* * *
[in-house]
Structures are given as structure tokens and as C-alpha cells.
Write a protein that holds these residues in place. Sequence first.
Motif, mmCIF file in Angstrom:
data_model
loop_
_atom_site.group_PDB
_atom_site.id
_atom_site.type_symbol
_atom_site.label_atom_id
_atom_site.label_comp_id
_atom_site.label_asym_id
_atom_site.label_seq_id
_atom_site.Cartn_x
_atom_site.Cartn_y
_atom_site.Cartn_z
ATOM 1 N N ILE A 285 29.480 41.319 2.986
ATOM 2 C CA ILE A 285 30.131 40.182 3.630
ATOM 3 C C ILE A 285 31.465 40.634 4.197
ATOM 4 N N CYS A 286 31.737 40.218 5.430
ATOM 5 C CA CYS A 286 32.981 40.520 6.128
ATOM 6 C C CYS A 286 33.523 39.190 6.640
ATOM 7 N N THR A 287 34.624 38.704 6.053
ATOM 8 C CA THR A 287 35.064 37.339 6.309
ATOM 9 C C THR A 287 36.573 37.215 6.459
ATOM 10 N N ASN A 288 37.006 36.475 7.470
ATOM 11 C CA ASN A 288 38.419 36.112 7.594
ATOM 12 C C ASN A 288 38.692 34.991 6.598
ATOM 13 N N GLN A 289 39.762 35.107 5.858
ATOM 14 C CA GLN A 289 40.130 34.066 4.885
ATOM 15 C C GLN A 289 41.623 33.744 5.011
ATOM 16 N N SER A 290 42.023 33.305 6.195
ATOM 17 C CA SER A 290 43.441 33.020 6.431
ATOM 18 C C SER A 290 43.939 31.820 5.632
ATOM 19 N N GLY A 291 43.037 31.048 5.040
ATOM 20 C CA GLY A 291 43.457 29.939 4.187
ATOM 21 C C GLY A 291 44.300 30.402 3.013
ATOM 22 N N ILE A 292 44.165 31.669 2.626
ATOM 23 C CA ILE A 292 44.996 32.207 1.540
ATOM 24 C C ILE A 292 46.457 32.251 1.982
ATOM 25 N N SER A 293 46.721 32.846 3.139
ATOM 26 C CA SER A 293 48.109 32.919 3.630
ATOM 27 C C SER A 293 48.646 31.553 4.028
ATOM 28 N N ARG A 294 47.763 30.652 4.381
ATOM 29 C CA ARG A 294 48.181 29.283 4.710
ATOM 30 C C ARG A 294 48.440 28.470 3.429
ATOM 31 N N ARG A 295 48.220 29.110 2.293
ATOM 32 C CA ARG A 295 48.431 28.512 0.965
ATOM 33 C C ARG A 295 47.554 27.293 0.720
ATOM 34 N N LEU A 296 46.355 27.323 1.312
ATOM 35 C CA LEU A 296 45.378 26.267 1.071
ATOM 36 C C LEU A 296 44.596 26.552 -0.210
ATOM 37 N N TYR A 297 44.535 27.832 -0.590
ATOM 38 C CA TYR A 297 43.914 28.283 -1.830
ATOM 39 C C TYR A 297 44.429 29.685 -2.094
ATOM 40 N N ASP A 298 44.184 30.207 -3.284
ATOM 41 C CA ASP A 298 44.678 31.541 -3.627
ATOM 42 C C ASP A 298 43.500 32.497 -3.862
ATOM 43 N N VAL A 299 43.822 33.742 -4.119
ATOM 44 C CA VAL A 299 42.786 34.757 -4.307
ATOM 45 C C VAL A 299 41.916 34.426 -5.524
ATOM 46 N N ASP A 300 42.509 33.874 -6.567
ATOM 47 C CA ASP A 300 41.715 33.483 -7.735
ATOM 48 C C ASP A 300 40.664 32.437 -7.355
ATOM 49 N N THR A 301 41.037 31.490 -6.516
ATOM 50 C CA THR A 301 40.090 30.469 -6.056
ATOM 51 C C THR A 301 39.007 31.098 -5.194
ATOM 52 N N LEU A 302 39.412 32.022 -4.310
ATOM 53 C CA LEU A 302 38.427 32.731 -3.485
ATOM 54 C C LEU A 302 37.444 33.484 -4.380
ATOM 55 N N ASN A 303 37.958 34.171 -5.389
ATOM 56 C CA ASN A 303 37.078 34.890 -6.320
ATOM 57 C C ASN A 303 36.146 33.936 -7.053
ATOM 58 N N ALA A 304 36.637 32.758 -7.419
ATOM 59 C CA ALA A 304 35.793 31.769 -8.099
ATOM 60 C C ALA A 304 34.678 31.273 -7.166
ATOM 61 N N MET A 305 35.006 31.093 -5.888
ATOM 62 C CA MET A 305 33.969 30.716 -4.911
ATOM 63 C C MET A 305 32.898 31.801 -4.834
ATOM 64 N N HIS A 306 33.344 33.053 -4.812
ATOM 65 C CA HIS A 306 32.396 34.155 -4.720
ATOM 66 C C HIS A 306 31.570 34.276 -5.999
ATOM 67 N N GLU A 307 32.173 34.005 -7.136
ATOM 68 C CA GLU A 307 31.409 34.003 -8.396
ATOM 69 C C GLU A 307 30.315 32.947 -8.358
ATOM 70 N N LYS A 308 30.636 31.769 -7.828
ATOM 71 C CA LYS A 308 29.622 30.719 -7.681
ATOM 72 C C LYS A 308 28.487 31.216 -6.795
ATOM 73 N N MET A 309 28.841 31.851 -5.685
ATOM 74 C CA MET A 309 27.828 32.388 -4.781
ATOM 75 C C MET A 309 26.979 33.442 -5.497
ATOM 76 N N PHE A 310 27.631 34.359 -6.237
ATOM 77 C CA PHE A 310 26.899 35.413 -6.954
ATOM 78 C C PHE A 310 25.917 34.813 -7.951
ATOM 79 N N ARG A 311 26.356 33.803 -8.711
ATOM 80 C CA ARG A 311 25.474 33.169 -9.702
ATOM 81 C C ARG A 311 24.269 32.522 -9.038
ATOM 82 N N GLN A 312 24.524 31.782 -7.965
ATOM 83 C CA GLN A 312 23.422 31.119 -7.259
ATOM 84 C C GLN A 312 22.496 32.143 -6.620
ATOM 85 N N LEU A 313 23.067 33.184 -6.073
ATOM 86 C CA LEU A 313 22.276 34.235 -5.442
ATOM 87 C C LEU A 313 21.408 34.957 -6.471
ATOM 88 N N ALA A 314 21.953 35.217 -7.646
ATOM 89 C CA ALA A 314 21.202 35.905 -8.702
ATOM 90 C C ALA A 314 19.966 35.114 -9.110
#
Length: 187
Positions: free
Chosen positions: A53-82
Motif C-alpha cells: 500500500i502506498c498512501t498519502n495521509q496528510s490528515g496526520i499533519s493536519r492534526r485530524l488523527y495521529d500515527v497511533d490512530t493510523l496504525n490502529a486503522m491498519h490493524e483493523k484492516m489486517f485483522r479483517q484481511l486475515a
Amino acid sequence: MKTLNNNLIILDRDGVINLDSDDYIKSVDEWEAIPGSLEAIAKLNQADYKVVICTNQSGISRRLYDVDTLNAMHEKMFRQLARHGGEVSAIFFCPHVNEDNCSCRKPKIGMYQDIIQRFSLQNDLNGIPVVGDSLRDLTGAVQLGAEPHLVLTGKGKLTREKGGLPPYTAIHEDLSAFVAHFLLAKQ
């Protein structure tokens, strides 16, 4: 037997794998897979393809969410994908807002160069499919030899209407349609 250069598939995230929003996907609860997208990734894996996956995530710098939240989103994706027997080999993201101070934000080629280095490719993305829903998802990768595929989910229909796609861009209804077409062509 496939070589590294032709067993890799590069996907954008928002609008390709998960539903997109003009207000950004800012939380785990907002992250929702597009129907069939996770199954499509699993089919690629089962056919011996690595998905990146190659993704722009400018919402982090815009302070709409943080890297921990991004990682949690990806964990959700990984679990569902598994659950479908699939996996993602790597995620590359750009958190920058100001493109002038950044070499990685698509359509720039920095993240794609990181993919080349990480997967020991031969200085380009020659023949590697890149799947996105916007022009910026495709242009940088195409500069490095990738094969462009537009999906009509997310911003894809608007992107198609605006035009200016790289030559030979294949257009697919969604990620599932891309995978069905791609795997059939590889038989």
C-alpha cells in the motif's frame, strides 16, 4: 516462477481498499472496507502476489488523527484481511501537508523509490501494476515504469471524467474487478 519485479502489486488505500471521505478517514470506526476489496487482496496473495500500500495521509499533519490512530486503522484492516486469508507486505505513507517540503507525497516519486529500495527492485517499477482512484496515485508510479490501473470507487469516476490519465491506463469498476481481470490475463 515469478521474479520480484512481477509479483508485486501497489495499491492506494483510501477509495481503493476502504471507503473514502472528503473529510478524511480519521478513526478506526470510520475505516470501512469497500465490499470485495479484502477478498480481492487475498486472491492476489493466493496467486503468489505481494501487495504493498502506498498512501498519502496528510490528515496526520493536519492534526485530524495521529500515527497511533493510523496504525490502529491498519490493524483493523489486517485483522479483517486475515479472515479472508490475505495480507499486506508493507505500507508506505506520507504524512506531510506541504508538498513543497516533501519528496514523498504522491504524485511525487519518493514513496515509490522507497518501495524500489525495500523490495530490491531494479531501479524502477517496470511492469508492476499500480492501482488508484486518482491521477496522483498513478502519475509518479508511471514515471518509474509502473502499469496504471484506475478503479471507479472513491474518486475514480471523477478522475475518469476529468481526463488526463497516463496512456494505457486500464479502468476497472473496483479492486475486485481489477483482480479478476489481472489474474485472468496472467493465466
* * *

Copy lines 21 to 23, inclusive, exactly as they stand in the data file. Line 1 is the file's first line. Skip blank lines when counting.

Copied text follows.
ATOM 5 C CA CYS A 286 32.981 40.520 6.128
ATOM 6 C C CYS A 286 33.523 39.190 6.640
ATOM 7 N N THR A 287 34.624 38.704 6.053